As part of what I am trying to accomplish with this blog, is to give ordinary people an insight and better understanding of security related subjects. A large part of public and private security is driven by services that are being provided by private security companies. They provide essential services not only to businesses but also to the public, like the transit of cash to every store, ATM and banks for example, watching over our safety at large events, or in shopping malls, protecting staff in hospitals.
As I stated in my opening post, the government simply can’t provide effective protection to everyone at all times and this is where the private security industry fills that demand and it has been doing so already for a very long time, security is probably one of the oldest professions of all.
Unfortunately, it has never been valued very much in society and it remains underestimated till today. In times of uncertainty, high crime rates, violence and random bloody attacks, constant threat of this new type of terrorism, we should appreciate the effort of these people to provide safety, law and order. But fact is, that many people don’t really know what security guards do, that they are there because of them, for the safety of customers and not to annoy or limit your fun. The services they provide are important and we all benefit from it. The security guards on the entrance of your office building are not only there to protect the company’s property, they are also there to protect the company’s employees, to watch over their safety and well being and a normal functioning of everyday business.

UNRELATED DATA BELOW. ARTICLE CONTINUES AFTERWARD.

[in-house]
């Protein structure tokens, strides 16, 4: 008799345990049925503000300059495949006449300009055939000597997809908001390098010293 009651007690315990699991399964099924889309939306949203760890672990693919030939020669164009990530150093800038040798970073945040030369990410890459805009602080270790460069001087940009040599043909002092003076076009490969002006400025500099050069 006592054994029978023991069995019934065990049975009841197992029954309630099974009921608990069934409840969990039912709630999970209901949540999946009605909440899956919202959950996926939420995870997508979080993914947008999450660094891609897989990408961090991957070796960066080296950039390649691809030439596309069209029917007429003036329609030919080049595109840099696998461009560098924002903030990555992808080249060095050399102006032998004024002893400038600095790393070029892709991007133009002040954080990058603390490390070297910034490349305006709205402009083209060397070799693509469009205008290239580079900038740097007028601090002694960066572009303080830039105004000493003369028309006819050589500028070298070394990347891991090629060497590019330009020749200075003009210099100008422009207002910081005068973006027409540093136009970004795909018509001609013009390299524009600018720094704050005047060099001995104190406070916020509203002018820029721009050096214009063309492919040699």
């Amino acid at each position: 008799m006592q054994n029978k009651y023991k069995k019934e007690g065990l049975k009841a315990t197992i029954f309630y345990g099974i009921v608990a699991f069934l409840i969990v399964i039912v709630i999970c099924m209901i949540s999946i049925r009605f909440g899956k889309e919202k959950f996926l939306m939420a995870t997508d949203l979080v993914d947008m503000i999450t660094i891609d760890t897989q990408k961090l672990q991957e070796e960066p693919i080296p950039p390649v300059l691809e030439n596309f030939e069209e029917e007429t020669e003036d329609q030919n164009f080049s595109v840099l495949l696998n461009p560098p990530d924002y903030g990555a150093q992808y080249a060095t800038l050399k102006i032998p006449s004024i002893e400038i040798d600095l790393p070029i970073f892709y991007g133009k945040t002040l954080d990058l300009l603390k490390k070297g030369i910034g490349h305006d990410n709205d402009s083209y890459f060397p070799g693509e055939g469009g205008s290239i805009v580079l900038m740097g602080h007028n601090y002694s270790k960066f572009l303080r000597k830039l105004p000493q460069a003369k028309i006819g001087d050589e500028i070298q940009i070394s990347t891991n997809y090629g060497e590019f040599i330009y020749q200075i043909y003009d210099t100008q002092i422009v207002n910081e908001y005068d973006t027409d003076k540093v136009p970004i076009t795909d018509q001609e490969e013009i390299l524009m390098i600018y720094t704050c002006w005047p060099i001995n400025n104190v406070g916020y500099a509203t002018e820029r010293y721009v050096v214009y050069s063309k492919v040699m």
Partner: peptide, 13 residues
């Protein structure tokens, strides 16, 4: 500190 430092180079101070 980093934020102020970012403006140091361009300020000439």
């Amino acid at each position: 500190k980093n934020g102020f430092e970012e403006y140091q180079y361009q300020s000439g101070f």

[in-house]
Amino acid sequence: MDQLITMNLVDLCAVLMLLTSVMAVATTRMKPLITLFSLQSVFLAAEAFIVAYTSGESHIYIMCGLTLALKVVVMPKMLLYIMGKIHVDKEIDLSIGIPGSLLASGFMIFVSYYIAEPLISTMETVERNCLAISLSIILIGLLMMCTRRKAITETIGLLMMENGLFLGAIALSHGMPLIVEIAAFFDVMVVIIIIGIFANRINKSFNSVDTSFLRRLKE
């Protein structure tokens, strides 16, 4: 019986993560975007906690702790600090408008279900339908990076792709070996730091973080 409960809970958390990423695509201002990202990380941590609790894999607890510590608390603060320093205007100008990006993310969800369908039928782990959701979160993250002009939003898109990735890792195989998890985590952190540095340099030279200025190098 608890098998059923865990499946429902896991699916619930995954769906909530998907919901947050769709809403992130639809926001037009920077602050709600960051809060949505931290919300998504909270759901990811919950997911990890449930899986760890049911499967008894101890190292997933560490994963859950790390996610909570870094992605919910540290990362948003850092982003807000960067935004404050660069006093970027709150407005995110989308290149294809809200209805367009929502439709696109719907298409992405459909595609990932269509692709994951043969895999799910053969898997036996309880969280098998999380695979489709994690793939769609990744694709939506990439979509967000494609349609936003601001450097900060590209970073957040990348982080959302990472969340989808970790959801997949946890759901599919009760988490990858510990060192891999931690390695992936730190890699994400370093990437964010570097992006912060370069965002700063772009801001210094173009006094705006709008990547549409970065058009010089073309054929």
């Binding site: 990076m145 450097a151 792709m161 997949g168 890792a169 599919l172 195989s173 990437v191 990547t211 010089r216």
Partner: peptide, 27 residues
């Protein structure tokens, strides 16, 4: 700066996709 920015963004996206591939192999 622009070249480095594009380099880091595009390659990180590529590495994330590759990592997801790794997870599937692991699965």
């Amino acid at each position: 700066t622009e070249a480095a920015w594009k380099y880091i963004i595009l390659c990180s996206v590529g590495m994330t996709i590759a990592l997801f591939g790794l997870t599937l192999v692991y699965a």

Working as a security guard
It is a circle that starts with the mentioned lack of recognition and respect for this profession and it continues on every level. Security guards usually work under difficult conditions for a low salary. As many security services are provided on a 24/7 base, they often have to work long 12 hr shifts, some work night shifts as well, or sometimes even only at night, weekends and holidays as per schedule, just like any other public service, but for far less money. The salaries usually start at the very low end, from £8/hour here in the UK, and it’s the same all over the world.
Why is that so, since both the industry and the government obviously has recognized their need and their services are always is in demand? The biggest problem is that people think that security is an “unskilled” profession, meaning that just anyone without any special education or skills can do it. That is true only to some point as the job itself is very challenging and demanding, but the missing recognized qualifications is definitely a short come of the security industry itself. The profession is strictly regulated by SIA, the Security Industry Authority and security guards, door supervisors, CCTV operators, close protection officers, they all need to have licenses in order to be able to work in this professions. The entry requirements are that one can’t have any criminal record, than he/she has to complete a mandatory training and successfully pass a knowledge test in order to acquire a license. Any misconduct, even outside of work, might not only cause them to lose their job, but also the license itself.